Internet providers caught inflating speed test results

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So why is it important to have fast throughput over a single connection to a server? Most video streaming services such as YouTube operate over a single connection to the content server. This means that the Internet connection must be able to sustain that video bitrate over a single connection, otherwise periodic buffering will occur.

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For example, a consistent 20Mbps test result on speedtest.net does not mean an 8Mbps video will play without periodic buffering, as the connection may only deliver 5Mbps over a single connection. With 4K video streaming set to take off with the growing number of sales of 4K TV sets, many ISPs will need to deliver considerably higher throughput over a single connection to reliably stream 4K video.

The following is an example of a 4K 60FPS video stream playing on YouTube which peaked at nearly 35Mbps and did not drop below 24Mbps during playback according to DU Meter. According to our senior reviewer Wendy that streamed this video, it consumed roughly 24Mbps on average and did not stutter once during playback with her BT broadband VDSL connection due to it maintaining a significant buffer ahead of playback:

YouTube 4K bandwidth consumption

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An ISP that cannot sustain this bandwidth over a single connection will result in YouTube dropping to a lower resolution or periodically buffering if forced to play in this 4K 60FPS mode.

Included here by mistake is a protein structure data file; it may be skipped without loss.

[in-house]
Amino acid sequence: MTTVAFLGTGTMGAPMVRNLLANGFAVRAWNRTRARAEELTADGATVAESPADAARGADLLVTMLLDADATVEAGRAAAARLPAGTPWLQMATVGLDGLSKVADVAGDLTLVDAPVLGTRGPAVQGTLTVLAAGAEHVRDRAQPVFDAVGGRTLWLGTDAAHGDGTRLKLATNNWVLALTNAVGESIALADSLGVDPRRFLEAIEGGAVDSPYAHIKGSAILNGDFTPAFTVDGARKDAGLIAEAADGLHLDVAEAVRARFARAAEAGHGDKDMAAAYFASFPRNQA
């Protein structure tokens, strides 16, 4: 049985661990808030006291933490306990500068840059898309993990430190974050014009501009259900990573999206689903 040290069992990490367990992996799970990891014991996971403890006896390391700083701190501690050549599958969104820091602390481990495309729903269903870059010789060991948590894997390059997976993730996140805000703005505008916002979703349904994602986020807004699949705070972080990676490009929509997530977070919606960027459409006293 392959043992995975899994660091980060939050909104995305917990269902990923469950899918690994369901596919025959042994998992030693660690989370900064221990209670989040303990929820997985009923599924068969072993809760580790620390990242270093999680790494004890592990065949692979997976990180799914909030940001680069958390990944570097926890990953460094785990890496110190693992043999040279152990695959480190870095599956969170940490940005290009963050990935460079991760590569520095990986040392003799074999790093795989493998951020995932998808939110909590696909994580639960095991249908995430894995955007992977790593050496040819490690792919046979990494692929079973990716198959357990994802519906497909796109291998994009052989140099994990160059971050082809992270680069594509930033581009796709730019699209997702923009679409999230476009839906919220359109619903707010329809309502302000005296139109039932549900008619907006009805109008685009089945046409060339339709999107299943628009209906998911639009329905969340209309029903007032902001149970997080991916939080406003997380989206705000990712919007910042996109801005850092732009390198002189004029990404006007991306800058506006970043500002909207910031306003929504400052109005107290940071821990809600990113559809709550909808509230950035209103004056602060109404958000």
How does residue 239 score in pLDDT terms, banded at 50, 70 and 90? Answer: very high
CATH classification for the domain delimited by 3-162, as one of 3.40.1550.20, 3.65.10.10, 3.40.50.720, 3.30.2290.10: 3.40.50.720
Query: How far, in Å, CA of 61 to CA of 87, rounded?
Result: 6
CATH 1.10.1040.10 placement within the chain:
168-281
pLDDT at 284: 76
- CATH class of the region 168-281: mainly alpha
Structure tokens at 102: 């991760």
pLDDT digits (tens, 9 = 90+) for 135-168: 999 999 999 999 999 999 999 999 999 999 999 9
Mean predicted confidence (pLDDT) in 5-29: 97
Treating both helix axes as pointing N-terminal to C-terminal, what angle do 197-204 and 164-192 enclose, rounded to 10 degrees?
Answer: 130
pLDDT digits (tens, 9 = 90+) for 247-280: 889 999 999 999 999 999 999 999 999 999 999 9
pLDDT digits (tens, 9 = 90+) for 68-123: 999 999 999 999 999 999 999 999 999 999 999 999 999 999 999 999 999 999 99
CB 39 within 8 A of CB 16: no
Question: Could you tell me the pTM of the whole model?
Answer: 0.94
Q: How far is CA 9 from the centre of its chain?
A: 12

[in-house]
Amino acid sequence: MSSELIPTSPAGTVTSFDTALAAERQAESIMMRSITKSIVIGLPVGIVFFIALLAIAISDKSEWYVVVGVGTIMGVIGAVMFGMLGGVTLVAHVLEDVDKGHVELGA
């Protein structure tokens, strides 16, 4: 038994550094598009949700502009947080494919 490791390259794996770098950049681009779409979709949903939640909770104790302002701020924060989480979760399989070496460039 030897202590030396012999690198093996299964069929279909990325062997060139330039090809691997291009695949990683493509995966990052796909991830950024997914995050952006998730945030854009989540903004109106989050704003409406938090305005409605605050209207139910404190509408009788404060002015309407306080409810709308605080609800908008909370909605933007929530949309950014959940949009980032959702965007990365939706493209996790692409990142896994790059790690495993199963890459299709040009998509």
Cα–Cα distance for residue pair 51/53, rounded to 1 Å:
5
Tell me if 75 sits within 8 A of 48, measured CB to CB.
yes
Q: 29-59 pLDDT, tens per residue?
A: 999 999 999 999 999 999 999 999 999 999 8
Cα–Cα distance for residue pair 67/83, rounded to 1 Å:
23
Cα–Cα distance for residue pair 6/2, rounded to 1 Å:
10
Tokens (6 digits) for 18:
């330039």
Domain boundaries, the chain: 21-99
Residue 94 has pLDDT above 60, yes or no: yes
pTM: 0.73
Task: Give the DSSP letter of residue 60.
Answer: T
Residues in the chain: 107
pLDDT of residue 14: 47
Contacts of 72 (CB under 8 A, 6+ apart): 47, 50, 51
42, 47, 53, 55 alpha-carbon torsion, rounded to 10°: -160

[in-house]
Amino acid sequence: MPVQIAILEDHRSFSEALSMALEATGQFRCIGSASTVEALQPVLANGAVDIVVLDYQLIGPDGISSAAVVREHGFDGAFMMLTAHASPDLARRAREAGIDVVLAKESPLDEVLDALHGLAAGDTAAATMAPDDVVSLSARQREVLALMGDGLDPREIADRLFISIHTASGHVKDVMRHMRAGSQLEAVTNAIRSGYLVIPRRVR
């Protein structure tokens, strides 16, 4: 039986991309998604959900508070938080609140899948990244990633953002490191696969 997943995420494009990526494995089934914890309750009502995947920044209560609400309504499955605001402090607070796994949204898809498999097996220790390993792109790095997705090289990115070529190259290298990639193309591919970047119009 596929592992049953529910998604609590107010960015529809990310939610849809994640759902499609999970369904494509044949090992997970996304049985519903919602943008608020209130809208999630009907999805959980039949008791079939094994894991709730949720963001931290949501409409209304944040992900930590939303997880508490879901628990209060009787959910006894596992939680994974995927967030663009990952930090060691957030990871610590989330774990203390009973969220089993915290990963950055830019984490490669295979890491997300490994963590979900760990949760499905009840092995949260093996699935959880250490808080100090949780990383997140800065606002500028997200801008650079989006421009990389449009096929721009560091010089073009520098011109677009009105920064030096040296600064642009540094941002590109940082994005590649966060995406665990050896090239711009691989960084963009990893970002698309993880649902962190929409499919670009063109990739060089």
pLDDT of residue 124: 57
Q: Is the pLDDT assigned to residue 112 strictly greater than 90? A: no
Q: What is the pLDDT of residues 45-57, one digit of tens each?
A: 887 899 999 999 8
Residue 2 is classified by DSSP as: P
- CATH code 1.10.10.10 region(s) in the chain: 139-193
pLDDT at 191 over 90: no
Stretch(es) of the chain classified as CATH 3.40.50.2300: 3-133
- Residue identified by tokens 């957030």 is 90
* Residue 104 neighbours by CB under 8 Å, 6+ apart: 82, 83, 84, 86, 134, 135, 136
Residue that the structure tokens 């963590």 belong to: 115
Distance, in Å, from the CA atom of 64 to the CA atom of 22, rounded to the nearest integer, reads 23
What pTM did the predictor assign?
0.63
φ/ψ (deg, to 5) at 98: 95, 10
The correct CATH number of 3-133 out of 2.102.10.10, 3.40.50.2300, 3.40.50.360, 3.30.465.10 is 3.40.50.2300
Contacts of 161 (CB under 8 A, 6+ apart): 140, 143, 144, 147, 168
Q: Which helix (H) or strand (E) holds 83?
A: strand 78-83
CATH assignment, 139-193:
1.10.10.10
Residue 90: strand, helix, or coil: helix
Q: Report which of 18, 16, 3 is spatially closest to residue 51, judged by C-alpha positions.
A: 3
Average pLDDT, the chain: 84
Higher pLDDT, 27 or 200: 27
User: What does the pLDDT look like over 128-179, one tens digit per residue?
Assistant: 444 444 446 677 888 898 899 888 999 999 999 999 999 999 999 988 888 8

For anyone that would like to check if their connection is fast enough to stream 4K and has a 4K screen, the following is a link to this video:

https://www.youtube.com/watch?v=iNJdPyoqt8U

Conclusion

Based on checking how Ookla’s speedtest.net connects to its server, it does so with multiple parallel connections to its test server over port 8080, a port number rarely used by real world web traffic. As we demonstrated, some of the ISPs we checked including two mobile operators delivered substantially faster throughput over port 8080 than the regular HTTP port with just a single connection to the same test server. However, many other ISPs did not show any variation at all between the regular HTTP port and port 8080.

One ISP we checked was only able to deliver its advertised 38Mbps throughput when multiple connections were made over port 8080, closely matching the network activity of Ookla’s Speedtest. However, when we repeated this test over port 80 to match real world conditions such as a loading a multimedia-heavy webpage, we only achieved 6.5Mbps.

Does the VW’s emissions scandal ring a bell?

We’d also like to hear if our members experiences reflect the above, so if you’ve any interesting results, or you’ve discovered another ISP that isn’t playing fair, please post your results here.

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